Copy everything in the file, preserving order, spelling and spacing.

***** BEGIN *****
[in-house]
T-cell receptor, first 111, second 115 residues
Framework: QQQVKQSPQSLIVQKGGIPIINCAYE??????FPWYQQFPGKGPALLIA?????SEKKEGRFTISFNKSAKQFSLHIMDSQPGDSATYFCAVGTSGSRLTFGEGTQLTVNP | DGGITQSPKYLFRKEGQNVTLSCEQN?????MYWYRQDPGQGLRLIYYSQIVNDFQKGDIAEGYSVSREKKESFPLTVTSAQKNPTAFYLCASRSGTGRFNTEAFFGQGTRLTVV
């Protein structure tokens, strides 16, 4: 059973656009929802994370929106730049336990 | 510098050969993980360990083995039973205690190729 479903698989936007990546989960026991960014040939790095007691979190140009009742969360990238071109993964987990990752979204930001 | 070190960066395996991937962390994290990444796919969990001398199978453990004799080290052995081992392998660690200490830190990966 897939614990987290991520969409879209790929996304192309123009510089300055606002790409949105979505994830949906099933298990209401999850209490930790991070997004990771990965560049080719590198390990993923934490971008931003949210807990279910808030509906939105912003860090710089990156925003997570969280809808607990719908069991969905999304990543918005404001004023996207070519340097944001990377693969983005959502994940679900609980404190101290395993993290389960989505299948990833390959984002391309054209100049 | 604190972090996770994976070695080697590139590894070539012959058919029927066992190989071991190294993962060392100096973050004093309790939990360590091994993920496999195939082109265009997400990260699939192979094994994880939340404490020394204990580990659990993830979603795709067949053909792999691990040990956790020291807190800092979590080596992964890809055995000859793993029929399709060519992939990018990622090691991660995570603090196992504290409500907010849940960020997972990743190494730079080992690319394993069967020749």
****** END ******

[in-house]
T-cell receptor, first 111, second 115 residues
Framework: QQQVKQSPQSLIVQKGGIPIINCAYE??????FPWYQQFPGKGPALLIA?????SEKKEGRFTISFNKSAKQFSLHIMDSQPGDSATYFCAVGTSGSRLTFGEGTQLTVNP | DGGITQSPKYLFRKEGQNVTLSCEQN?????MYWYRQDPGQGLRLIYYSQIVNDFQKGDIAEGYSVSREKKESFPLTVTSAQKNPTAFYLCASRSGTGRFNTEAFFGQGTRLTVV
């Protein structure tokens, strides 16, 4: 059973656009929802994370929106730049336990 | 510098050969993980360990083995039973205690190729 479903698989936007990546989960026991960014040939790095007691979190140009009742969360990238071109993964987990990752979204930001 | 070190960066395996991937962390994290990444796919969990001398199978453990004799080290052995081992392998660690200490830190990966 897939614990987290991520969409879209790929996304192309123009510089300055606002790409949105979505994830949906099933298990209401999850209490930790991070997004990771990965560049080719590198390990993923934490971008931003949210807990279910808030509906939105912003860090710089990156925003997570969280809808607990719908069991969905999304990543918005404001004023996207070519340097944001990377693969983005959502994940679900609980404190101290395993993290389960989505299948990833390959984002391309054209100049 | 604190972090996770994976070695080697590139590894070539012959058919029927066992190989071991190294993962060392100096973050004093309790939990360590091994993920496999195939082109265009997400990260699939192979094994994880939340404490020394204990580990659990993830979603795709067949053909792999691990040990956790020291807190800092979590080596992964890809055995000859793993029929399709060519992939990018990622090691991660995570603090196992504290409500907010849940960020997972990743190494730079080992690319394993069967020749």